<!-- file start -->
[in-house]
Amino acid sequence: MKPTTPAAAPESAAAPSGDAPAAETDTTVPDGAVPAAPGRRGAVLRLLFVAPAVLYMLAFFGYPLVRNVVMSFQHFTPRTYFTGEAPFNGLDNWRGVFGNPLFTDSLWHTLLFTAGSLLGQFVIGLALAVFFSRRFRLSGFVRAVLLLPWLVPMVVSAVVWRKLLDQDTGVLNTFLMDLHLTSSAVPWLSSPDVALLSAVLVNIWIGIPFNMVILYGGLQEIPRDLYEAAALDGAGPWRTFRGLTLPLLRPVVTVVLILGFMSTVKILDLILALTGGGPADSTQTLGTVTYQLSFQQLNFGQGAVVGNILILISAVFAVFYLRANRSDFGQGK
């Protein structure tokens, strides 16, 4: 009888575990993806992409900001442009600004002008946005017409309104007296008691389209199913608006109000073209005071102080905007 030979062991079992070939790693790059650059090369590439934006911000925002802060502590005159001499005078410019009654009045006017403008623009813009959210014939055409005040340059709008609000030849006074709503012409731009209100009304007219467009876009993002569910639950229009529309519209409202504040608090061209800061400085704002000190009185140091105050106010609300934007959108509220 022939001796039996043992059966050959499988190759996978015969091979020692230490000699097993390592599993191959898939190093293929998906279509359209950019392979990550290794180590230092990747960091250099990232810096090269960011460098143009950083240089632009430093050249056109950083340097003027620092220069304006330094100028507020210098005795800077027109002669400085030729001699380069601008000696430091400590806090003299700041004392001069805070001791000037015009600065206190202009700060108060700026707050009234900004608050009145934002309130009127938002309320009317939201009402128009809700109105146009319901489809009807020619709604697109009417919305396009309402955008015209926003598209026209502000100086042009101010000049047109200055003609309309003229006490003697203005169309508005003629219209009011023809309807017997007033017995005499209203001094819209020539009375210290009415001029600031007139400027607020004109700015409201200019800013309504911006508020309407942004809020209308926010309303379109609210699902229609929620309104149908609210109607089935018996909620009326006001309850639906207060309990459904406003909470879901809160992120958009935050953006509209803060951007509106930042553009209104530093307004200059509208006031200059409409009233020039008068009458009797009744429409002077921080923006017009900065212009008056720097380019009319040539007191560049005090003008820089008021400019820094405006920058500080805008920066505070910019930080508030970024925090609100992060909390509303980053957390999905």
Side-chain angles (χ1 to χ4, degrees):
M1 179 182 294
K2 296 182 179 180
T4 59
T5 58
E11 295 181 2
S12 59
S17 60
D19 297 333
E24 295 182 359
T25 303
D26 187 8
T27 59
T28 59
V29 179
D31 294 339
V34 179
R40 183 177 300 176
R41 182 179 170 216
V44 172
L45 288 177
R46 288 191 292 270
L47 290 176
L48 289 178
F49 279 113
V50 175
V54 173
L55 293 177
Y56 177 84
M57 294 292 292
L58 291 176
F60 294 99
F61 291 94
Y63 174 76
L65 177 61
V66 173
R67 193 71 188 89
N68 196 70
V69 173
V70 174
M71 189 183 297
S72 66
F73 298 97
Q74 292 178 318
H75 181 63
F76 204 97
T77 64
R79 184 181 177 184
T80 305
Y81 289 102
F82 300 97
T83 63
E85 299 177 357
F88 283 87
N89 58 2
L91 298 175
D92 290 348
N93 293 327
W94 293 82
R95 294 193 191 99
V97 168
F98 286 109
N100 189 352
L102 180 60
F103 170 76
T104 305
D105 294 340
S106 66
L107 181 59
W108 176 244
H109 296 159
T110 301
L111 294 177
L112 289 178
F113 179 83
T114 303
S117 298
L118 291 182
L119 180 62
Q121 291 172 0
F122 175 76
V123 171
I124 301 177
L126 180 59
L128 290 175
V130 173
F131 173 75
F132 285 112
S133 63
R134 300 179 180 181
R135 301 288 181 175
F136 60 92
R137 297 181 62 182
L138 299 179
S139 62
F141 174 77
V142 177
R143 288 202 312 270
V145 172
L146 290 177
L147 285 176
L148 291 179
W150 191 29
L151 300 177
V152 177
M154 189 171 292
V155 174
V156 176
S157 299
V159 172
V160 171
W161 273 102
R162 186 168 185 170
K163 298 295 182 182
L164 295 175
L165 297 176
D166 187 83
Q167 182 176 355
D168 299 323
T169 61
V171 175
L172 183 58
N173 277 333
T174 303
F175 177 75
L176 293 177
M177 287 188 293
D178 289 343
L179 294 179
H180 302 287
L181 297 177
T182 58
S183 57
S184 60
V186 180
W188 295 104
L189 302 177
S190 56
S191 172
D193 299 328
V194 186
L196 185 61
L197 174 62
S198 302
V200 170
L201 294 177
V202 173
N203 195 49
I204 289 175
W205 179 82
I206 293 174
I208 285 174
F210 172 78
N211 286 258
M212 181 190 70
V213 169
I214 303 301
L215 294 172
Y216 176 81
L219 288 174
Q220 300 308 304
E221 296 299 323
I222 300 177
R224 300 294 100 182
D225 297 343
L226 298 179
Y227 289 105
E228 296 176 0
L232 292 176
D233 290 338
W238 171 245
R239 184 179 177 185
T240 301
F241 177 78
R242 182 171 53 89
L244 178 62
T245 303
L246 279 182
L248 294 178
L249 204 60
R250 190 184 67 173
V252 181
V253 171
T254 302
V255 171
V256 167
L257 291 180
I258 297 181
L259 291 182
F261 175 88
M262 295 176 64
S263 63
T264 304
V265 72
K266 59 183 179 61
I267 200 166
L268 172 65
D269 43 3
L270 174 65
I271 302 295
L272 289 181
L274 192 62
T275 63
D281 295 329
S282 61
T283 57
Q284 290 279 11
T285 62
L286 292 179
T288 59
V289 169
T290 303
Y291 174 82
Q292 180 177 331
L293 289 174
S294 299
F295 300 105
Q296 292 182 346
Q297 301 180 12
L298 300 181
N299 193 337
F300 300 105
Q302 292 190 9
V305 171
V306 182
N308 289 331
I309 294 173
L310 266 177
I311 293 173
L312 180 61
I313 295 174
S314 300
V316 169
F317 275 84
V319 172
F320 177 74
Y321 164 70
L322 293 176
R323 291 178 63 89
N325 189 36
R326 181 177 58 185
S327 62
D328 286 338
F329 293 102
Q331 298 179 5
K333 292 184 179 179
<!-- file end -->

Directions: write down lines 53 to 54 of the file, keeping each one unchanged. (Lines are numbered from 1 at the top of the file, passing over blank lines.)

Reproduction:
Y81 289 102
F82 300 97